If Jacinda Ardern is the mother of the nation, Winston Peters is rapidly turning into its kindly old uncle. Come the stroke of midnight Wednesday, Ardern will resume the role of Prime Minister. Since its unlikely that either she or Clarke Gayford are getting much sleep these days, the timing of the transition seems appropriate. As in the Gremlins movies though, Peters probably shouldn’t be fed after midnight with any further questions about the affairs of state, in case he reverts to a feral version of the genial patriarch we’ve seen in action over the past six weeks.
Any junior partner in a MMP coalition has a hard job retaining its identity, but New Zealand First is making an extremely good fist of it. Once Peters had anointed which major party would lead the next government, there was always a risk that this would make NZF captive to its chosen partner, such that the party’s influence and independence would quickly wane, and Peters would relax into one last round of diplomatic forays overseas before sailing off into the sunset.
Well, it hasn’t worked out like that at all. Any assessment of the policies of the Ardern government has to consider how thoroughly NZF has made itself part of the DNA of this coalition. Every now and then – as when it rescued the “three strikes” policy – NZF has publicly reminded Labour about how essential it is to this partnership. On defence policy, it has won a huge spending commitment over the Orions replacement, with more spending still to come (see below). Meanwhile, Shane Jones and his Regional Development Fund have become the effective face of the government in the rural/provincial heartland.
Even more interestingly, NZF – while still a culturally conservative party with regard to any form of identity politics – has shown itself to be entirely compatible with Labour and the Greens when it comes to tackling income inequality and the problems generated by National’s systematic neglect of social services. It shouldn’t be surprising that NZF tacks left on the economy. After all, NZF first pitched its tent 25 years among those people who had been left behind by the neo-liberal excesses that were in vogue at the time, among both the major parties.
It was not as if Peters’s turn at the helm as Acting PM was entirely uneventful. As he pointed out at yesterday’s press conference, the nurses’ industrial action (and yesterday’s tentative resolution of that dispute) played out during that time. The families package and the winter energy payments had both come into effect and yes, the decision to spend at least $ 2.3 billion (closer to $3 billion) on buying four Poseidon P-8A military surveillance was also announced, on his watch. Closer to the 2020 election, tensions may yet arise but for now, this has been a winter of relative contentment within the coalition government. The odd couple – Ardern and Peters – are proving that they can be a formidable and complementary team.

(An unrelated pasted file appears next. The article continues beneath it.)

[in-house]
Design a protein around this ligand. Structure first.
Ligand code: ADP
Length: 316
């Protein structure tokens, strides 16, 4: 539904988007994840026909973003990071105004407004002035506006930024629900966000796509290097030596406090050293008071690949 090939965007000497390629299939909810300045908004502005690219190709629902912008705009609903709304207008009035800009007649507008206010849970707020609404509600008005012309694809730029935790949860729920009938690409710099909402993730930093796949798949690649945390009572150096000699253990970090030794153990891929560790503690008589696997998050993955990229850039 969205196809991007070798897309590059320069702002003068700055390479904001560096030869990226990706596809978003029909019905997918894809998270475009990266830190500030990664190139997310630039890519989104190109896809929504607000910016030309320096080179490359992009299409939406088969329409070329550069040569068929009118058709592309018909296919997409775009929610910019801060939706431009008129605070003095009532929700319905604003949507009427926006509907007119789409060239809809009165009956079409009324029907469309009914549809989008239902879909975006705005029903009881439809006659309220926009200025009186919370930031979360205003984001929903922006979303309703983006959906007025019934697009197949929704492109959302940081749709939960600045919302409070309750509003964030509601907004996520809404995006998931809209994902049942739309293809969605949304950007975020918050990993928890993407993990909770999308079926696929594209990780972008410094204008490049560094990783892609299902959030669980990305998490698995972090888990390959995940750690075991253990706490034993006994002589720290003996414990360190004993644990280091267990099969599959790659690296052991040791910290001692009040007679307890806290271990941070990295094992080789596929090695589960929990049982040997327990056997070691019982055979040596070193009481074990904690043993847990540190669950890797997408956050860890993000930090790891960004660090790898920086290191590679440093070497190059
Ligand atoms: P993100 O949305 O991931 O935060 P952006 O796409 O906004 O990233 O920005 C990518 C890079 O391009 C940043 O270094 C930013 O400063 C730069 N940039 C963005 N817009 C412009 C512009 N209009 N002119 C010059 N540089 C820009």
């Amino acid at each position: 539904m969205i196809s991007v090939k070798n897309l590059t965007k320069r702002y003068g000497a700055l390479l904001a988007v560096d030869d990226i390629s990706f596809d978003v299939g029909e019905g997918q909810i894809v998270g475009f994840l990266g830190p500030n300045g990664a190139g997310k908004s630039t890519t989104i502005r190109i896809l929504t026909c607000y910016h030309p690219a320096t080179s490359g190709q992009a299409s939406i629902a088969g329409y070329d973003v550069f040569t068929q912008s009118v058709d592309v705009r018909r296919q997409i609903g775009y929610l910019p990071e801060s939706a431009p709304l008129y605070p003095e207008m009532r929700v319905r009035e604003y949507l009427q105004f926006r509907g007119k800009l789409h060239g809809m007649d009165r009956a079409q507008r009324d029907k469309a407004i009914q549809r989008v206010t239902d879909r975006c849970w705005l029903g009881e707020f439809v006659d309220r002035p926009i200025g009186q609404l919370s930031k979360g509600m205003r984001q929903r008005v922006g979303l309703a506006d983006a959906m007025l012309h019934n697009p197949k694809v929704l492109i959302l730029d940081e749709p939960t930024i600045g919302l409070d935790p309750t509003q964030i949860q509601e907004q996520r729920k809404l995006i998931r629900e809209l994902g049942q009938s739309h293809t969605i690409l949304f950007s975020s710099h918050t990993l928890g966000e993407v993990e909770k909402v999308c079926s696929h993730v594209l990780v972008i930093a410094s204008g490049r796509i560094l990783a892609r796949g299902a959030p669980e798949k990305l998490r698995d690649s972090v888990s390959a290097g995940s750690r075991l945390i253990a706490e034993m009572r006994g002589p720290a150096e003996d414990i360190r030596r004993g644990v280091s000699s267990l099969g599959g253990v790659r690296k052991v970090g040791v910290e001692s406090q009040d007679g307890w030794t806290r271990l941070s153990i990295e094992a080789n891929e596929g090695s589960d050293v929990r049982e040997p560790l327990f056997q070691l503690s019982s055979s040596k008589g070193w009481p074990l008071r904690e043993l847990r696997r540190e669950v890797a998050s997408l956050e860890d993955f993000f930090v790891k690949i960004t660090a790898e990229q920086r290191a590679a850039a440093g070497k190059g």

Footnote on Defence. Supposedly, the Defence spend-up becomes magically affordable when it gets treated as “capital expenditure” spread over several years. This form of hire purchase ignores a couple of salient points. The equally expensive replacements for (a) the frigates and (b) the C-130 Hercules air lift planes will also be going on tick during the same period, which will stretch to bursting point any current Defence capex budget, and will thereby inevitably restrict the social spending budgets over the next decade.
More to the point, Defence Minister Ron Mark hasn’t even finished yet with his spending on maritime surveillance. In the current issue of Jane’s Defence Weekly Mark is quoted as saying that the P-8A Poseidons will be complemented by a programme to acquire “smaller manned aircraft, remotely piloted aircraft systems, or satellites for additional maritime surveillance tasks” adding that this “will free up the P-8A fleet to fly more missions in the South Pacific and further afield.”